By James Davis
If Barack Obama’s campaign introduced American voters to the raw power of the web to win elections, the come-from-behind victory of Juan Manuel Santos as President of Colombia showed that e-democracy works even in places where democracy itself is fragile.
Santos, a conservative-leaning Defense Minister under popular incumbent President Àlvaro Uribe, ultimately won election on June 20 in a 2-to-1 blowout, racking up 69 percent of the vote. But on the day 38 -ear-old Ravi Singh from Washington-based Electionmall.com arrived in Colombia, Santos’ campaign was clearly in trouble, with polls showing Bogotá mayor Antanas Mockus’ reformist Green Party within striking distance of victory in the first round of voting on May 30.
"We were being crushed by the ‘Green Wave,’" explains Luis German Lopez, who was Singh’s liaison with local campaign operatives.
Mockus had captured the imaginations of an increasingly tech-savvy Colombian population utilizing innovative social media techniques: by the time Singh and his team came on board, the Greens had accumulated nearly 700,000 Facebook friends and a big Twitter following. Santos, the establishment candidate, had virtually no online presence at all.
Continue reading “A (Digital) Revolution in Latin America”
Every Armenian, I’m told, knows about the unidentified individuals whose job is to scare away election observers and monitors during elections in Armenia. Referred to as the “men with large necks,” these individuals generally work as bodyguards for the local oligarchs or businessmen. After the January 10, 2010, parliamentary elections during which a well known opposition candidate was defeated by an unknown pro-government candidate, the US embassy in Yerevan had this say about the “men with large necks”:
Embassy observers found numerous irregularities, including intimidation of voters, verbal and physical threats directed at journalists and observers, and in some cases the presence of uncredentialed, non-voting individuals sympathetic to the National Unity Party candidate, who appeared to be managing the electoral process in lieu of the authorized members of the local electoral commissions,” the embassy spokesman, Thomas Mittnacht, said in response to a question from RFE/RL.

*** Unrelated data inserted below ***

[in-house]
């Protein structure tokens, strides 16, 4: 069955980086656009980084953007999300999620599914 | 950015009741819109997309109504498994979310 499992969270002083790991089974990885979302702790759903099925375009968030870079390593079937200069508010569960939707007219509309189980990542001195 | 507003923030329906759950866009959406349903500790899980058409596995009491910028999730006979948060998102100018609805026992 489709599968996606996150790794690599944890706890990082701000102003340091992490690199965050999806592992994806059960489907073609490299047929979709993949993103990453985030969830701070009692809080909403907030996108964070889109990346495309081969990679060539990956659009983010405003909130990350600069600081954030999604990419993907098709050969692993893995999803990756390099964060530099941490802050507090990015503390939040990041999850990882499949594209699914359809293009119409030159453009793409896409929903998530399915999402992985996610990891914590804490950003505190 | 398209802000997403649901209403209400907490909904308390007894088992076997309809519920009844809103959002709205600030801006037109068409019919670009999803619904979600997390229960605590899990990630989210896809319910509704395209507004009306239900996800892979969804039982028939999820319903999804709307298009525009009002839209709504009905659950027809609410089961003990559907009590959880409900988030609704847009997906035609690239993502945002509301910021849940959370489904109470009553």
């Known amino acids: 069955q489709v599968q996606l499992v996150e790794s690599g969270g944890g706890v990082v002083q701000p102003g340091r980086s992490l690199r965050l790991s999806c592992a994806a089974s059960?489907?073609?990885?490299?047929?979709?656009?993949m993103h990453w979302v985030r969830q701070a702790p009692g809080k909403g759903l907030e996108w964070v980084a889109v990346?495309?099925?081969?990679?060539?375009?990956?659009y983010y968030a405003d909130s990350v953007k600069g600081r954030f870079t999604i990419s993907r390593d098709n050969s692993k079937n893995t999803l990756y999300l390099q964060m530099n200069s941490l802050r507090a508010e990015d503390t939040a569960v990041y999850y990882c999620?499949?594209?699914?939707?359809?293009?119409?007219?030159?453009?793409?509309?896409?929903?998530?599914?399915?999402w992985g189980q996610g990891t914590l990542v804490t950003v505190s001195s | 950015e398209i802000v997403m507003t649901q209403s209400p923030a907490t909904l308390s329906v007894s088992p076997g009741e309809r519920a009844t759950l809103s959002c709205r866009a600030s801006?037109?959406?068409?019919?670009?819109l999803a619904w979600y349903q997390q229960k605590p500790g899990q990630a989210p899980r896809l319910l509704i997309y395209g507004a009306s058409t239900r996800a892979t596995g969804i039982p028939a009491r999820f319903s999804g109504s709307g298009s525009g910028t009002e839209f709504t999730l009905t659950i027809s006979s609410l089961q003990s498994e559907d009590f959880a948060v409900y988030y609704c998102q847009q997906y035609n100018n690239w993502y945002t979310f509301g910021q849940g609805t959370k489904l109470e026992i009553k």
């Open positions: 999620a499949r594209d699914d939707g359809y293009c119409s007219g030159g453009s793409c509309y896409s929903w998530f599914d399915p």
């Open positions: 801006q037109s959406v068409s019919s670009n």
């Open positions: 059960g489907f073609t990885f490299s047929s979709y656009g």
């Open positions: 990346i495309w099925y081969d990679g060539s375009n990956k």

Last year the State Department embarked on an ambitious mission of encouraging others to describe what democracy meant to them. This was a smart and creative use of social media to amplify and empower trusted and authentic voices to speak about subjects that matter to them. Let’s hope State continues the concept…
Six winners were selected from the 900 people from nearly 100 countries submitted videos in the Democracy Video Challenge. View all of the winning videos here. All of the winners are superb, but my favorite is below.
Continue reading “View the Democracy Video Challenge winners”
Hamas’ victory in the Palestinian election is not surprising. Secretary of State Condoleezza Rice answered her own question of "why nobody saw it coming" when she said we do "not have a good enough pulse." Professor Eytan Gilboa suggests the admitted underestimation misses the point. Professor Gilboa is right when he says the Hamas victory "reveals a major strategic deficiency in the American design for democracy in the Middle East." The bigger point, the underestimation, is how did Hamas become such an attractive alternative to the Palestinians? The validity and designs of Hamas is not the real issue but a manufactured consequence of inputs leading to the election.
Continue reading “U.S. Underestimated Hamas’ Strength”